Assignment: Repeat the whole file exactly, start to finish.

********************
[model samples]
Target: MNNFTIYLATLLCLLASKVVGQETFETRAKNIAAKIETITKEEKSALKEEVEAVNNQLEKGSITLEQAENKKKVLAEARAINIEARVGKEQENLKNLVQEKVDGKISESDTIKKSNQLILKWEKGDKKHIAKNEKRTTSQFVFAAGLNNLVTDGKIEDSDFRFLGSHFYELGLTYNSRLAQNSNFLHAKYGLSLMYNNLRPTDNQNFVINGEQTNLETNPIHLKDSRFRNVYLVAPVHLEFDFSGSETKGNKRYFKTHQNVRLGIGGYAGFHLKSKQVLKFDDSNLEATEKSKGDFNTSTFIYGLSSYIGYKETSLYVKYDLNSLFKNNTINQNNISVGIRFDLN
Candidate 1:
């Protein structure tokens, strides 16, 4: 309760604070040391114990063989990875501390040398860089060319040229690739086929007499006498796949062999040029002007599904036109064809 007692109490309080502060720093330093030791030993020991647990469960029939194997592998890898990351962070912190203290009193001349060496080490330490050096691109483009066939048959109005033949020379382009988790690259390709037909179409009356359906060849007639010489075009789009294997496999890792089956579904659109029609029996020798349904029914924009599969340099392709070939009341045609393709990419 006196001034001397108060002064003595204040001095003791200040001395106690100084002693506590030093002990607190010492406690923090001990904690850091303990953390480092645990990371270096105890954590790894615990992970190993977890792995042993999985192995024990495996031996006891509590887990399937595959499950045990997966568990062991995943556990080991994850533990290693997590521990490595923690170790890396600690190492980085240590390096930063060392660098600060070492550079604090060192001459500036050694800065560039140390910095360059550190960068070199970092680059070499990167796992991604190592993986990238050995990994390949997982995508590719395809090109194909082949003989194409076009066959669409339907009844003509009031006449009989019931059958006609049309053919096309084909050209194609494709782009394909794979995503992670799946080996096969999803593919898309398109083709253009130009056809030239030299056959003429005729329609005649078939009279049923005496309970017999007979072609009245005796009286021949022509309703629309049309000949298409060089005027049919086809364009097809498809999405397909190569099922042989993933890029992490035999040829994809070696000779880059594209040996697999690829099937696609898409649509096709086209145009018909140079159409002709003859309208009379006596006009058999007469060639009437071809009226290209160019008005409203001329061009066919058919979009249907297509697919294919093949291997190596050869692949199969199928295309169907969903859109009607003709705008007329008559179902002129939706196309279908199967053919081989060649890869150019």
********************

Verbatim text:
[model samples]
Target: MNNFTIYLATLLCLLASKVVGQETFETRAKNIAAKIETITKEEKSALKEEVEAVNNQLEKGSITLEQAENKKKVLAEARAINIEARVGKEQENLKNLVQEKVDGKISESDTIKKSNQLILKWEKGDKKHIAKNEKRTTSQFVFAAGLNNLVTDGKIEDSDFRFLGSHFYELGLTYNSRLAQNSNFLHAKYGLSLMYNNLRPTDNQNFVINGEQTNLETNPIHLKDSRFRNVYLVAPVHLEFDFSGSETKGNKRYFKTHQNVRLGIGGYAGFHLKSKQVLKFDDSNLEATEKSKGDFNTSTFIYGLSSYIGYKETSLYVKYDLNSLFKNNTINQNNISVGIRFDLN
Candidate 1:
């Protein structure tokens, strides 16, 4: 309760604070040391114990063989990875501390040398860089060319040229690739086929007499006498796949062999040029002007599904036109064809 007692109490309080502060720093330093030791030993020991647990469960029939194997592998890898990351962070912190203290009193001349060496080490330490050096691109483009066939048959109005033949020379382009988790690259390709037909179409009356359906060849007639010489075009789009294997496999890792089956579904659109029609029996020798349904029914924009599969340099392709070939009341045609393709990419 006196001034001397108060002064003595204040001095003791200040001395106690100084002693506590030093002990607190010492406690923090001990904690850091303990953390480092645990990371270096105890954590790894615990992970190993977890792995042993999985192995024990495996031996006891509590887990399937595959499950045990997966568990062991995943556990080991994850533990290693997590521990490595923690170790890396600690190492980085240590390096930063060392660098600060070492550079604090060192001459500036050694800065560039140390910095360059550190960068070199970092680059070499990167796992991604190592993986990238050995990994390949997982995508590719395809090109194909082949003989194409076009066959669409339907009844003509009031006449009989019931059958006609049309053919096309084909050209194609494709782009394909794979995503992670799946080996096969999803593919898309398109083709253009130009056809030239030299056959003429005729329609005649078939009279049923005496309970017999007979072609009245005796009286021949022509309703629309049309000949298409060089005027049919086809364009097809498809999405397909190569099922042989993933890029992490035999040829994809070696000779880059594209040996697999690829099937696609898409649509096709086209145009018909140079159409002709003859309208009379006596006009058999007469060639009437071809009226290209160019008005409203001329061009066919058919979009249907297509697919294919093949291997190596050869692949199969199928295309169907969903859109009607003709705008007329008559179902002129939706196309279908199967053919081989060649890869150019």